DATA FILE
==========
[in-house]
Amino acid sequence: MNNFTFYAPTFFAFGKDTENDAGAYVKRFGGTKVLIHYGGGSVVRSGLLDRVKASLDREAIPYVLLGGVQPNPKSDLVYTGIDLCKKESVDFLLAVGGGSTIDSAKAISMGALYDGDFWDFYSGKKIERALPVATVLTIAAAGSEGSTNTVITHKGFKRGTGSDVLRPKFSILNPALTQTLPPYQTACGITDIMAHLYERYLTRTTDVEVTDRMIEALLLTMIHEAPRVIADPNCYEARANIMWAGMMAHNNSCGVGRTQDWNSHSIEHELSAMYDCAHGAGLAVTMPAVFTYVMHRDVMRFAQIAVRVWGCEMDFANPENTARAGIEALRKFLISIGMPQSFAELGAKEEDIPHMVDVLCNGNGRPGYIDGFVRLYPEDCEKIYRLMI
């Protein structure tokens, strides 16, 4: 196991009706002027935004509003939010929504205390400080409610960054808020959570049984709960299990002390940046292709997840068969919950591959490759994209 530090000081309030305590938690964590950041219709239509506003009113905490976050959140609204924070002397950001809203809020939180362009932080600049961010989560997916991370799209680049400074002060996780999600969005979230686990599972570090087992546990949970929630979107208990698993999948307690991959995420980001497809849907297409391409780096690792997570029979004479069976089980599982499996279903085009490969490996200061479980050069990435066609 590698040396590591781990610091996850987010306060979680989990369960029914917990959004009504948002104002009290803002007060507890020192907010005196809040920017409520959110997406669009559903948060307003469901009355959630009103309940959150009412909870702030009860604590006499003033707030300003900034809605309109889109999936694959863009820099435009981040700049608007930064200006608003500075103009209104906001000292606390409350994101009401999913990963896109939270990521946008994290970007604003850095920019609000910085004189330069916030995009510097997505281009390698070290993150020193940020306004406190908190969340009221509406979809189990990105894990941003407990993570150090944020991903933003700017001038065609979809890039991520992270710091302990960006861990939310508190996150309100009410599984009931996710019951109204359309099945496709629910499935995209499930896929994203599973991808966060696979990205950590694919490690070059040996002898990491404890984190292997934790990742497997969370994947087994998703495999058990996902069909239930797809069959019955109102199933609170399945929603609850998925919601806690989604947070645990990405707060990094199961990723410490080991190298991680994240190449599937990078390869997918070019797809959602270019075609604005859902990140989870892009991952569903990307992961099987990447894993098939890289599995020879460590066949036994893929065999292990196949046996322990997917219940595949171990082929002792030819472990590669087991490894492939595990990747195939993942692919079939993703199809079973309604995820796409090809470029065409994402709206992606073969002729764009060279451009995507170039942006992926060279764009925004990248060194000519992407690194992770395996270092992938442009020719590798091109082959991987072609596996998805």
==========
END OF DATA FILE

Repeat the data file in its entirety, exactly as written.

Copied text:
[in-house]
Amino acid sequence: MNNFTFYAPTFFAFGKDTENDAGAYVKRFGGTKVLIHYGGGSVVRSGLLDRVKASLDREAIPYVLLGGVQPNPKSDLVYTGIDLCKKESVDFLLAVGGGSTIDSAKAISMGALYDGDFWDFYSGKKIERALPVATVLTIAAAGSEGSTNTVITHKGFKRGTGSDVLRPKFSILNPALTQTLPPYQTACGITDIMAHLYERYLTRTTDVEVTDRMIEALLLTMIHEAPRVIADPNCYEARANIMWAGMMAHNNSCGVGRTQDWNSHSIEHELSAMYDCAHGAGLAVTMPAVFTYVMHRDVMRFAQIAVRVWGCEMDFANPENTARAGIEALRKFLISIGMPQSFAELGAKEEDIPHMVDVLCNGNGRPGYIDGFVRLYPEDCEKIYRLMI
């Protein structure tokens, strides 16, 4: 196991009706002027935004509003939010929504205390400080409610960054808020959570049984709960299990002390940046292709997840068969919950591959490759994209 530090000081309030305590938690964590950041219709239509506003009113905490976050959140609204924070002397950001809203809020939180362009932080600049961010989560997916991370799209680049400074002060996780999600969005979230686990599972570090087992546990949970929630979107208990698993999948307690991959995420980001497809849907297409391409780096690792997570029979004479069976089980599982499996279903085009490969490996200061479980050069990435066609 590698040396590591781990610091996850987010306060979680989990369960029914917990959004009504948002104002009290803002007060507890020192907010005196809040920017409520959110997406669009559903948060307003469901009355959630009103309940959150009412909870702030009860604590006499003033707030300003900034809605309109889109999936694959863009820099435009981040700049608007930064200006608003500075103009209104906001000292606390409350994101009401999913990963896109939270990521946008994290970007604003850095920019609000910085004189330069916030995009510097997505281009390698070290993150020193940020306004406190908190969340009221509406979809189990990105894990941003407990993570150090944020991903933003700017001038065609979809890039991520992270710091302990960006861990939310508190996150309100009410599984009931996710019951109204359309099945496709629910499935995209499930896929994203599973991808966060696979990205950590694919490690070059040996002898990491404890984190292997934790990742497997969370994947087994998703495999058990996902069909239930797809069959019955109102199933609170399945929603609850998925919601806690989604947070645990990405707060990094199961990723410490080991190298991680994240190449599937990078390869997918070019797809959602270019075609604005859902990140989870892009991952569903990307992961099987990447894993098939890289599995020879460590066949036994893929065999292990196949046996322990997917219940595949171990082929002792030819472990590669087991490894492939595990990747195939993942692919079939993703199809079973309604995820796409090809470029065409994402709206992606073969002729764009060279451009995507170039942006992926060279764009925004990248060194000519992407690194992770395996270092992938442009020719590798091109082959991987072609596996998805």